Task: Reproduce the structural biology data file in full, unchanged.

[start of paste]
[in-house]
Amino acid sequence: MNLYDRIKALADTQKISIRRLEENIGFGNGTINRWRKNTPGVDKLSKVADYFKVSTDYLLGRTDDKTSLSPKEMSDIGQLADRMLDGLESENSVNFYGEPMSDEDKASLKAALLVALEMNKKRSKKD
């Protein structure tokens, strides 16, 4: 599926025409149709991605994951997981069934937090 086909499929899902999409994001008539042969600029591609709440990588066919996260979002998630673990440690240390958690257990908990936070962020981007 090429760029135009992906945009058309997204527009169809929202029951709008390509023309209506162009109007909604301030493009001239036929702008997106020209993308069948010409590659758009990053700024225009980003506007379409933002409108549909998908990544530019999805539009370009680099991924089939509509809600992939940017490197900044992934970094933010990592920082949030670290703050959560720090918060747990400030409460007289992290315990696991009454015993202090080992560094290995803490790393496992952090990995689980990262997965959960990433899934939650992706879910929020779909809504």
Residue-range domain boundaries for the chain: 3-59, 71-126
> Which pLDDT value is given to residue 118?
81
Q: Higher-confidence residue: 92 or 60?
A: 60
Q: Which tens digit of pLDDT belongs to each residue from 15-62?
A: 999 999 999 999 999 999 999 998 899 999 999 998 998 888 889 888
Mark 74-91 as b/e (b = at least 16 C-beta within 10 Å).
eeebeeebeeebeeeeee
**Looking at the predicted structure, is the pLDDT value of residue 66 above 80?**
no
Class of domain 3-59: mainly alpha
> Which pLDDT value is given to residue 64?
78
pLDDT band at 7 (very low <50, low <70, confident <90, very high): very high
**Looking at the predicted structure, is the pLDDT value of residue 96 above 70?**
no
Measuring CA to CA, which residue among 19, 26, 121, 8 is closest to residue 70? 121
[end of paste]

[in-house]
Amino acid sequence: MNLYDRIKALADTQKISIRRLEENIGFGNGTINRWRKNTPGVDKLSKVADYFKVSTDYLLGRTDDKTSLSPKEMSDIGQLADRMLDGLESENSVNFYGEPMSDEDKASLKAALLVALEMNKKRSKKD
């Protein structure tokens, strides 16, 4: 599926025409149709991605994951997981069934937090 086909499929899902999409994001008539042969600029591609709440990588066919996260979002998630673990440690240390958690257990908990936070962020981007 090429760029135009992906945009058309997204527009169809929202029951709008390509023309209506162009109007909604301030493009001239036929702008997106020209993308069948010409590659758009990053700024225009980003506007379409933002409108549909998908990544530019999805539009370009680099991924089939509509809600992939940017490197900044992934970094933010990592920082949030670290703050959560720090918060747990400030409460007289992290315990696991009454015993202090080992560094290995803490790393496992952090990995689980990262997965959960990433899934939650992706879910929020779909809504």
Residue-range domain boundaries for the chain: 3-59, 71-126
> Which pLDDT value is given to residue 118?
81
Q: Higher-confidence residue: 92 or 60?
A: 60
Q: Which tens digit of pLDDT belongs to each residue from 15-62?
A: 999 999 999 999 999 999 999 998 899 999 999 998 998 888 889 888
Mark 74-91 as b/e (b = at least 16 C-beta within 10 Å).
eeebeeebeeebeeeeee
**Looking at the predicted structure, is the pLDDT value of residue 66 above 80?**
no
Class of domain 3-59: mainly alpha
> Which pLDDT value is given to residue 64?
78
pLDDT band at 7 (very low <50, low <70, confident <90, very high): very high
**Looking at the predicted structure, is the pLDDT value of residue 96 above 70?**
no
Measuring CA to CA, which residue among 19, 26, 121, 8 is closest to residue 70? 121